Channel Sales Harm Security Users

By: John Honovich, Published on Feb 14, 2011

The standard security sales model encourages bad system designs and poor integration skills. Specifically, manufacturer's varying discount levels to integrators creates incentives that work against the needs and interests of security users. While integrators should focus on providing the best design, installation and optimization of security systems, the standard sales model incents them to push products that provide them the best relative discounts. Following this path can provide a 5%+ total cost advantage, a substantial advantage in winning projects.

Background

The standard sales process consists of integrators selling end users a full solution. The integrator provides a single quote that covers all products and labor necessary to integrate the system. In most surveillance projects, products represent a majority of the total system cost, often reaching 40% - 60% of the entire project (i.e., a $100,000 project might be $50,000 in product costs and $50,000 in labor costs).

Integrators buy products from manufacturers, or their representatives, at various price levels and then re-sell them to end users. This price each integrator pays can vary greatly depending on a number of factors:

  • The more products an integrator buys from a manufacturer, the greater the discount provided
  • Being the first integrator to recommend a manufactuer's products to a user often results in bonus discounts (called 'project registration')
  • The greater the size and power of the integrator, the more likely the manufacturer will provide steeper discounts (especially if the manufacturer is small)
  • The manufacturer's perception of the tactical role of an integrator can impact discounts (Can an integrator help get the manufacturer into a new region? Does an integrator have a strong relationship with an end user the manufacturer desires?)
  • Whether an integrator can buy direct from a manufacturer rather than through a distributor (buying direct often increases discounts)
  • The negotiating skills and tenacity of the integrator

While each manufacturer's specific policies and tactics vary, some combination of the above almost always occurs. The end result is that 'most favored' integrators regularly buys products at 10% or greater discount than an integrator who only occassionally sells the manufacturer's products.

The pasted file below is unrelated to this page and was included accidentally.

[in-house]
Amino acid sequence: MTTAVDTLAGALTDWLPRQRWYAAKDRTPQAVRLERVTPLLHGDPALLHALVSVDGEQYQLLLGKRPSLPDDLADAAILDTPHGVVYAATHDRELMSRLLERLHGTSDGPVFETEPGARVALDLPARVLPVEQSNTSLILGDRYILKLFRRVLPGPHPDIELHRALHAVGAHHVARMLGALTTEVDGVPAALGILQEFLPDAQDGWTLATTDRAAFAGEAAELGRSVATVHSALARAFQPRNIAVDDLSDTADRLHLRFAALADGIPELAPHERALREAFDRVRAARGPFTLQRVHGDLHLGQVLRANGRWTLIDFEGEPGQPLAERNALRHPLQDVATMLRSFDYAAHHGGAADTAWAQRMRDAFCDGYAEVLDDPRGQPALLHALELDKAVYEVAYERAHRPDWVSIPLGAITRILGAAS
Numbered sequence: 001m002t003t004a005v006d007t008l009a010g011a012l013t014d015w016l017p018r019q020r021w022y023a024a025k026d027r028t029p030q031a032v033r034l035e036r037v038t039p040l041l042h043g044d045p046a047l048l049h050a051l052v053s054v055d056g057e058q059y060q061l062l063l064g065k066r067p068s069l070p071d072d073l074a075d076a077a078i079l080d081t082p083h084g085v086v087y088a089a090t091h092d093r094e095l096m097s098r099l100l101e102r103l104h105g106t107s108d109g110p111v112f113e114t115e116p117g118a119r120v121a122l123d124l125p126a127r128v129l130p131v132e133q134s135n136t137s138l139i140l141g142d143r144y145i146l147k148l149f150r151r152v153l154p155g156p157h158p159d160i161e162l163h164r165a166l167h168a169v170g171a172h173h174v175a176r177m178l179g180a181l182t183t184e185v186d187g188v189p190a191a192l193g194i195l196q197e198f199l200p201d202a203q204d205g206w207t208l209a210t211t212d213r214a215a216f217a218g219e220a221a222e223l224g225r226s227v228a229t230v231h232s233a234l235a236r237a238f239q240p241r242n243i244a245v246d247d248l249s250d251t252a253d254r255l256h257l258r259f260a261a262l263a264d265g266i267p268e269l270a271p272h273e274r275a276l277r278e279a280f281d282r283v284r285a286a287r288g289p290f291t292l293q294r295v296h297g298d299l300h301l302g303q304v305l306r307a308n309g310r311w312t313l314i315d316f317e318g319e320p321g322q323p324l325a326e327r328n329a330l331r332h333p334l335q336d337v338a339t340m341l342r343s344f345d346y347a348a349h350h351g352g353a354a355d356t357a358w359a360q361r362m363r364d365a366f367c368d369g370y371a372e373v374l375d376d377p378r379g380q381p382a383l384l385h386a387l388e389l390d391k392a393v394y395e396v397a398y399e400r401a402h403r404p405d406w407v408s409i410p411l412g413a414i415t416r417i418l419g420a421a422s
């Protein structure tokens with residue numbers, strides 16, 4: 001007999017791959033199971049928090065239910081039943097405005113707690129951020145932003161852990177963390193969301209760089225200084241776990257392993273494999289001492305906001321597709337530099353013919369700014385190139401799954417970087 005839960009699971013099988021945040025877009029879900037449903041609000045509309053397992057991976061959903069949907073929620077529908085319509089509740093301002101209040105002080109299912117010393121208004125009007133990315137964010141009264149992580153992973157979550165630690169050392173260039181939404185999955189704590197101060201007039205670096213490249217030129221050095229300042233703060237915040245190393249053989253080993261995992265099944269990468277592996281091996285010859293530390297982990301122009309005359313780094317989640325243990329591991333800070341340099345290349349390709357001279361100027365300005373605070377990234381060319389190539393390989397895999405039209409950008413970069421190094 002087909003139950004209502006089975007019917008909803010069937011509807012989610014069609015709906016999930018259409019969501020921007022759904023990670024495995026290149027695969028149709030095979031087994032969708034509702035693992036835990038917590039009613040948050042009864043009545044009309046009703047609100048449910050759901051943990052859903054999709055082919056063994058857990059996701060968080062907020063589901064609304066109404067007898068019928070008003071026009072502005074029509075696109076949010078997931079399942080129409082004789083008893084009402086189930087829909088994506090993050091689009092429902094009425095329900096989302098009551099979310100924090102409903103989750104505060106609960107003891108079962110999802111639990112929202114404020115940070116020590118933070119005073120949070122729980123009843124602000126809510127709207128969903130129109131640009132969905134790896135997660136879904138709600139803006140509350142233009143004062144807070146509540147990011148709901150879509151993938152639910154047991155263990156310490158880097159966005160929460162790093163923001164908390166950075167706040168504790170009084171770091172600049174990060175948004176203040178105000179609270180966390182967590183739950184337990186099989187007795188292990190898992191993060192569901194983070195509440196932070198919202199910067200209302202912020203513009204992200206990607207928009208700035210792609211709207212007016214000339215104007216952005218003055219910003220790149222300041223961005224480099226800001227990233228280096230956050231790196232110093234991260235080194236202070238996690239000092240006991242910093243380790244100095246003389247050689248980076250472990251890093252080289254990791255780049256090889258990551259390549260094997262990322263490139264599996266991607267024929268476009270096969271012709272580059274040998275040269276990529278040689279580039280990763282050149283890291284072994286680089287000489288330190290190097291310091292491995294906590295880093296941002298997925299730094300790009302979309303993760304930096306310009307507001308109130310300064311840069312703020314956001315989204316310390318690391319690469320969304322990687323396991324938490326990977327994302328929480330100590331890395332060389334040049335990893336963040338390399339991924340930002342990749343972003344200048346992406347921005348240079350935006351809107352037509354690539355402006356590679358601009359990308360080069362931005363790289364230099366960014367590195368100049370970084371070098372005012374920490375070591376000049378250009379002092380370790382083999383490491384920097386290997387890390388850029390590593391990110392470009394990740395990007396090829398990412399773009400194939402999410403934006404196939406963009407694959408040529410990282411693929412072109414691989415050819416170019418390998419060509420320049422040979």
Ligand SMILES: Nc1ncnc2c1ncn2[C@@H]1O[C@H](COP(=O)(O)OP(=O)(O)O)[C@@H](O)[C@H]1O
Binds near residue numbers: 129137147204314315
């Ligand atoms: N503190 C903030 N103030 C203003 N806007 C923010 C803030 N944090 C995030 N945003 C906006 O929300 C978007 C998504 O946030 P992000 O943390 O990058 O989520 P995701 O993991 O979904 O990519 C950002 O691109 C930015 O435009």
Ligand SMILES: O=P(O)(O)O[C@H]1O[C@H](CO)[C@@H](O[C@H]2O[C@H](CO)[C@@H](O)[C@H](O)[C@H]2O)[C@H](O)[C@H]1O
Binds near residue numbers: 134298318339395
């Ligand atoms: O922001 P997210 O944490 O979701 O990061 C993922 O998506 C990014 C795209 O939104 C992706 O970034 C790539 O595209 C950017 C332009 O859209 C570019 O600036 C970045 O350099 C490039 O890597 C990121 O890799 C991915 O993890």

The Incentive Structure

Securing the best possible product discounts is an important advantage for integrators. Since product sales are such a large component of overall projects, small variances in product discounts can result in significant overall cost advantages. For instance, in the $100,000 project we referenced earlier, an integrator with a 10% advantage in product discount pays manufacturers $5,000 less (10% times $50,000). If labor costs were similar (as they often are), the end user would save over $5,000 from the integrator who had the better discount from a manufacturer. The product discount significantly increases the integrator's odds of winning the project.

Conflicts Arising

Since the skills needed for product procurement and system integration are so different, the standard sales model inflicts important inefficiencies. Organizations that excel at procurement need to move high amounts of products, be tough negotiators and have a lean cost structure (think Wal-Mart). By contrast, companies that excel at integration need to have great technical expertise, strong problem solving skills and personal dedication to the client (think boutique firms like software development, accounting, etc.). Forcing these two fundamentally distinct practices together, creates difficulties in excelling at both.

Furthermore, higher discounts often make integrators more dependent and aligned to specific manufacturers. 

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Impact of the Incentive Structure

Practically, this fosters two common problems:

  1. Encourages integrators to design systems or advocate solutions based on products that they possess the best discounts
  2. Reduces the value of integration/labor skills as integrators can win projects based on superior discount structures / product sales abilities

This is almost certainly the opposite of what security end users want. Of course, they want and need product but they are poorly served when product sales interfere with the best overall design and implementation.

While many integrators put the interest of their users first, doing so puts them at a competitive disadvantage to those who play the game more shrewdly.

From the perspective of manufacturers, incenting customers to buy more products is quite rational. However, since the proportional cost of products in a project are so large, those incentives can help align the integrator more to the manufacturer than the customer.

Many decry falling product margins yet if integrators only sold their services ('smarts'), we'd likely reward better integrators and foster stronger overall security solutions.

What Do You Think?

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